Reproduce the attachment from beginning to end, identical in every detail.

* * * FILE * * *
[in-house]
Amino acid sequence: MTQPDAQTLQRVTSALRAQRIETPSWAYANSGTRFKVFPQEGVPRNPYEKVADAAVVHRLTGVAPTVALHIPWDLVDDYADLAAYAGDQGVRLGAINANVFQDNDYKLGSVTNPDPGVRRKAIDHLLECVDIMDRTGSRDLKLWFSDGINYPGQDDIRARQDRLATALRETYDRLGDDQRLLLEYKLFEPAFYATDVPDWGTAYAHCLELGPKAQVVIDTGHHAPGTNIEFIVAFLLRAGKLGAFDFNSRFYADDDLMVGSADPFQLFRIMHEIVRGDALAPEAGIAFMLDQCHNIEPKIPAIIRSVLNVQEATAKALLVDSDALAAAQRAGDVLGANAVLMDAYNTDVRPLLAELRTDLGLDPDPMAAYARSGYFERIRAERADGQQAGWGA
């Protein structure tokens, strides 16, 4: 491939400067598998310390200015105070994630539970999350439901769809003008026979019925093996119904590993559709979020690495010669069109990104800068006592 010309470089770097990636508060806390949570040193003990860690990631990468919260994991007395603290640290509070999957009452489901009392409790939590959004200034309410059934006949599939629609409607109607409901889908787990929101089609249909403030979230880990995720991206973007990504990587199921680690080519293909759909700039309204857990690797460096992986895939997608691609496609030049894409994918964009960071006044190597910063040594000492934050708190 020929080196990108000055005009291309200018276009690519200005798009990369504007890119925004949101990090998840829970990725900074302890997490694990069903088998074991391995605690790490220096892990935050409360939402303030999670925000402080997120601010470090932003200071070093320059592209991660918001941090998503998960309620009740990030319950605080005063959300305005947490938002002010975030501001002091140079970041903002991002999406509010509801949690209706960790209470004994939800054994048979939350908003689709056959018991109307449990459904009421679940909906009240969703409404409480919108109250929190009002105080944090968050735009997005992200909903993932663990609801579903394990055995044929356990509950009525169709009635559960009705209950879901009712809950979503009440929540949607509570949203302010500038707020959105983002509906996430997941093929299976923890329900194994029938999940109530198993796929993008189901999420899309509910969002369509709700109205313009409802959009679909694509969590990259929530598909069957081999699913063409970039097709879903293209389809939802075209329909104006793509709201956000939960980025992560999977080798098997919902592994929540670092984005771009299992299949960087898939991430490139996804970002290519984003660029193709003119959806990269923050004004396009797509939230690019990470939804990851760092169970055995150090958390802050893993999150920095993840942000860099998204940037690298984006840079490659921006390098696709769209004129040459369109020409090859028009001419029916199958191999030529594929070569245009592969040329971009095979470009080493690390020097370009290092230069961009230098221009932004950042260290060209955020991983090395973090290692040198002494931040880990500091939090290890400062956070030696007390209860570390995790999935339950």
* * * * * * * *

[in-house]
Amino acid sequence: MTQPDAQTLQRVTSALRAQRIETPSWAYANSGTRFKVFPQEGVPRNPYEKVADAAVVHRLTGVAPTVALHIPWDLVDDYADLAAYAGDQGVRLGAINANVFQDNDYKLGSVTNPDPGVRRKAIDHLLECVDIMDRTGSRDLKLWFSDGINYPGQDDIRARQDRLATALRETYDRLGDDQRLLLEYKLFEPAFYATDVPDWGTAYAHCLELGPKAQVVIDTGHHAPGTNIEFIVAFLLRAGKLGAFDFNSRFYADDDLMVGSADPFQLFRIMHEIVRGDALAPEAGIAFMLDQCHNIEPKIPAIIRSVLNVQEATAKALLVDSDALAAAQRAGDVLGANAVLMDAYNTDVRPLLAELRTDLGLDPDPMAAYARSGYFERIRAERADGQQAGWGA
């Protein structure tokens, strides 16, 4: 491939400067598998310390200015105070994630539970999350439901769809003008026979019925093996119904590993559709979020690495010669069109990104800068006592 010309470089770097990636508060806390949570040193003990860690990631990468919260994991007395603290640290509070999957009452489901009392409790939590959004200034309410059934006949599939629609409607109607409901889908787990929101089609249909403030979230880990995720991206973007990504990587199921680690080519293909759909700039309204857990690797460096992986895939997608691609496609030049894409994918964009960071006044190597910063040594000492934050708190 020929080196990108000055005009291309200018276009690519200005798009990369504007890119925004949101990090998840829970990725900074302890997490694990069903088998074991391995605690790490220096892990935050409360939402303030999670925000402080997120601010470090932003200071070093320059592209991660918001941090998503998960309620009740990030319950605080005063959300305005947490938002002010975030501001002091140079970041903002991002999406509010509801949690209706960790209470004994939800054994048979939350908003689709056959018991109307449990459904009421679940909906009240969703409404409480919108109250929190009002105080944090968050735009997005992200909903993932663990609801579903394990055995044929356990509950009525169709009635559960009705209950879901009712809950979503009440929540949607509570949203302010500038707020959105983002509906996430997941093929299976923890329900194994029938999940109530198993796929993008189901999420899309509910969002369509709700109205313009409802959009679909694509969590990259929530598909069957081999699913063409970039097709879903293209389809939802075209329909104006793509709201956000939960980025992560999977080798098997919902592994929540670092984005771009299992299949960087898939991430490139996804970002290519984003660029193709003119959806990269923050004004396009797509939230690019990470939804990851760092169970055995150090958390802050893993999150920095993840942000860099998204940037690298984006840079490659921006390098696709769209004129040459369109020409090859028009001419029916199958191999030529594929070569245009592969040329971009095979470009080493690390020097370009290092230069961009230098221009932004950042260290060209955020991983090395973090290692040198002494931040880990500091939090290890400062956070030696007390209860570390995790999935339950």